The bottle I found is a small mouth blown rectangular medicine with a tooled finish. It’s embossed “McKesson” on one edge side and “& Robbins” on the other. I found a labeled sample listed on the Internet of what appears to be the exact same bottle. It contained 100 gelatin coated pills containing extract of cannibis.

Bolen & Byrne, New York

The initial proprietors of the business were John Bolen and John Byrne. The “History” section of corporate documents, prepared in 1929, stated that the original partnership of Bolen & Byrne was established in 1857 and that they were the first manufacturers of ginger ale in America.

The first listing I can find for the business is 10 years later, in the 1867-68 NYC Directory, listed as soda and located at 235 East 28th Street. Census records show that John Bolen was born in 1840 and would have only been 17 years old in 1857 so while it’s possible that he established the business at this young age, I’m leaning toward a start date closer to 1867 based on this initial listing.

The business remained at East 28th Street through 1877. Over this period they listed themselves in the directories as either chemists, soda or waters. This is confirmed by a company receipt from 1875 that was listed on e-bay.

The receipt listed their address as 220, 231 and 233 East 28th Street. It also names them as the proprietors of the American Mineral Water Co., located on President Street in Brooklyn. I can’t find any mention of the American Mineral Water Co., or Bolen & Byrne in the late 1870’s Brooklyn Directories. It’s possible that this may have been their factory location but who knows?

Around 1879 Bolen & Byrne moved from East 28th Street to 415 East 54th Street where they remained listed through 1902. Both Bolen and Byrne were also listed individually at this location until 1893, when Byrne’s listing disappeared. Most likely, he either passed away or left the business around this time.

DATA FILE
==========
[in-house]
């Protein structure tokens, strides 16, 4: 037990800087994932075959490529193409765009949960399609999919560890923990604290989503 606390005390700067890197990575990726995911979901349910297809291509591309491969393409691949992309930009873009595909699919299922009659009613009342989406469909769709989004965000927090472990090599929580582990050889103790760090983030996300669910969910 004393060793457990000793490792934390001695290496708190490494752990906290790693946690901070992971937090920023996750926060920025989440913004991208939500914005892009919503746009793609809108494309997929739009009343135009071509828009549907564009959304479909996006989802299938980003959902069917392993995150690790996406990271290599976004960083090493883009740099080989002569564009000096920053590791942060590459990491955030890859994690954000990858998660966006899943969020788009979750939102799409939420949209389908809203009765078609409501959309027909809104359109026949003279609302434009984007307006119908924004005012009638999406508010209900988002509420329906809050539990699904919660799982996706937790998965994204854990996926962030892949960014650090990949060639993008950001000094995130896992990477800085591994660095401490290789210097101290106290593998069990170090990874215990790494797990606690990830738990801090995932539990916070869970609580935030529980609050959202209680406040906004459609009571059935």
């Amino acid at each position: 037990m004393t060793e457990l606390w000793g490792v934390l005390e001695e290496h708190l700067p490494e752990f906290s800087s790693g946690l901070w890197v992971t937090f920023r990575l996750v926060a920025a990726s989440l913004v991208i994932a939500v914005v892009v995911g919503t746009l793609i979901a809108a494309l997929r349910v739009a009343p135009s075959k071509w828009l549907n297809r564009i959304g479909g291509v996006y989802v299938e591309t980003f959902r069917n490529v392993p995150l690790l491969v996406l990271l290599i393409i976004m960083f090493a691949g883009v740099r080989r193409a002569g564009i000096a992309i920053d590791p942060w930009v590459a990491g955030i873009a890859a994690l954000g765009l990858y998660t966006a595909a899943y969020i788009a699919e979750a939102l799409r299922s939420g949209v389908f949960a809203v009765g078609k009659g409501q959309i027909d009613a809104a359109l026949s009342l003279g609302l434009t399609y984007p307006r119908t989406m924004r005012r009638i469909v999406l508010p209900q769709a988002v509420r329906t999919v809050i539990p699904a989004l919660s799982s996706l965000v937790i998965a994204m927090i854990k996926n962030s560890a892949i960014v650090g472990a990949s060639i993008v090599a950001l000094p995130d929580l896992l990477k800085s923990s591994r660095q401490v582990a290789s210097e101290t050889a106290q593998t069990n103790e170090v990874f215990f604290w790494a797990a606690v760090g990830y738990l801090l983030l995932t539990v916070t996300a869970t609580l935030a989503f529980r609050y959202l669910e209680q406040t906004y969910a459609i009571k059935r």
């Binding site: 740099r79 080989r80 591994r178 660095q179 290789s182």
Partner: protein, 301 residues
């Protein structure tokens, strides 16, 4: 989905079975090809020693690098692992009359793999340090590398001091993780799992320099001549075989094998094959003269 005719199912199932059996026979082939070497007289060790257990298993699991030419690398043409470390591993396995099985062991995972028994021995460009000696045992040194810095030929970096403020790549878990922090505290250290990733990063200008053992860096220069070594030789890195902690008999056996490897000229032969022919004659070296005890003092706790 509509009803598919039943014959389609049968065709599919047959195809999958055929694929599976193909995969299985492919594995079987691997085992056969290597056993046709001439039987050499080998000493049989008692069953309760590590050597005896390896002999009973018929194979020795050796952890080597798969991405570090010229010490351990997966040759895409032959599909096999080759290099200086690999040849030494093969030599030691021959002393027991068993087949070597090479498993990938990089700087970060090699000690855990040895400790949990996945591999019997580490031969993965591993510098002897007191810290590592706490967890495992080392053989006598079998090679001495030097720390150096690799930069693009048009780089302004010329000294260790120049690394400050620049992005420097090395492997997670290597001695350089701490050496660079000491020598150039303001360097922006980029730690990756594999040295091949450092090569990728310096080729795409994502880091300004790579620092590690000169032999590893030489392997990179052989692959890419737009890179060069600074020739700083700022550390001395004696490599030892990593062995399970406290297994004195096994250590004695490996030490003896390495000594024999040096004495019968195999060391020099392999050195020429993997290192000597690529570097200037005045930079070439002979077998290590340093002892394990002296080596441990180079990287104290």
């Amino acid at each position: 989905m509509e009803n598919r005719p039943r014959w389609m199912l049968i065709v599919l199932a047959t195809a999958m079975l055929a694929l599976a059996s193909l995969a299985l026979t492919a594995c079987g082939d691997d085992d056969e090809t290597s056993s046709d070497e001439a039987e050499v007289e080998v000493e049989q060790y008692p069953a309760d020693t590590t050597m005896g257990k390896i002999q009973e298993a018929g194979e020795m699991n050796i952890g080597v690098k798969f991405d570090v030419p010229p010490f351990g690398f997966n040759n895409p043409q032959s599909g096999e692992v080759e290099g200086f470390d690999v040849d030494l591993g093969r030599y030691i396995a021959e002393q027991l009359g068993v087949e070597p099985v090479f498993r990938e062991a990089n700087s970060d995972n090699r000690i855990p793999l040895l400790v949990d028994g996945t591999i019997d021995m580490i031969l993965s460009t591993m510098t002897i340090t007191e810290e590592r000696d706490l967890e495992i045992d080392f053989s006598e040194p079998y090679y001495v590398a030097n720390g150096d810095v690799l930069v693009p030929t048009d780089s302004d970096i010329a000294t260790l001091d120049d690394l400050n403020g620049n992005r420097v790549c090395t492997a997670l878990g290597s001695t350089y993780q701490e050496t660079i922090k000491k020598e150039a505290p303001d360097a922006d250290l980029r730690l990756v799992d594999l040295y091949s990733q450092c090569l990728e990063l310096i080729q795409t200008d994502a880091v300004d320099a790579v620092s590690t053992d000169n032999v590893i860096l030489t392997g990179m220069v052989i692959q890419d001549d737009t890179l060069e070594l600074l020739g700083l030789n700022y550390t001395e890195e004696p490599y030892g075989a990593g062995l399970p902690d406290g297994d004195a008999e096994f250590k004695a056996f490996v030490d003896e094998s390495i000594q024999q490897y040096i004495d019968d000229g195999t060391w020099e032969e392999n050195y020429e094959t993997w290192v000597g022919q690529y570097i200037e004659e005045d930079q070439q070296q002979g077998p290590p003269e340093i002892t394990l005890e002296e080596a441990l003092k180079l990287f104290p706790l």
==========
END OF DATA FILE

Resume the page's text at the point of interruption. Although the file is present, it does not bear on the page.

During this time the business also maintained a Philadelphia location. They were listed in the Philadelphia City Directories between 1888 and 1896 as bottlers located at 813 North 11th Street.

A brief description of the size of the business around this time was provided by John Bolen himself, as part of a statement he made to the Senate Committee of Finance in 1888 regarding tariffs:

My concern, Bolen & Byrne, is the most extensive in this country. We have over 200 hands employed in our two establishments in New York and Philadelphia.

It looks like the business formed a New York Corporation in the late 1800’s. In 1898, the business was listed for the first time as Bolen & Byrne Mfg. Co. (NY).  John Bolen was listed as President and his son, John K. Bolen as secretary up until 1902. After this it appears that both father and son disassociated themselves from the company.

In 1904, Bolen & Byrne moved to 514 West 36th Street with Abraham Karlsson named as president. The carbonated beverage firm of S.A.Ludin operating under the registered trade name of New York Bottling Co. was also listed at that address and it appears that they merged or at least formed an association with Bolen & Byrne. Although listed separately in the NYC directories, they advertised together quite a bit. The advertisement below is from the December, 1907 issue of the Druggist Circular.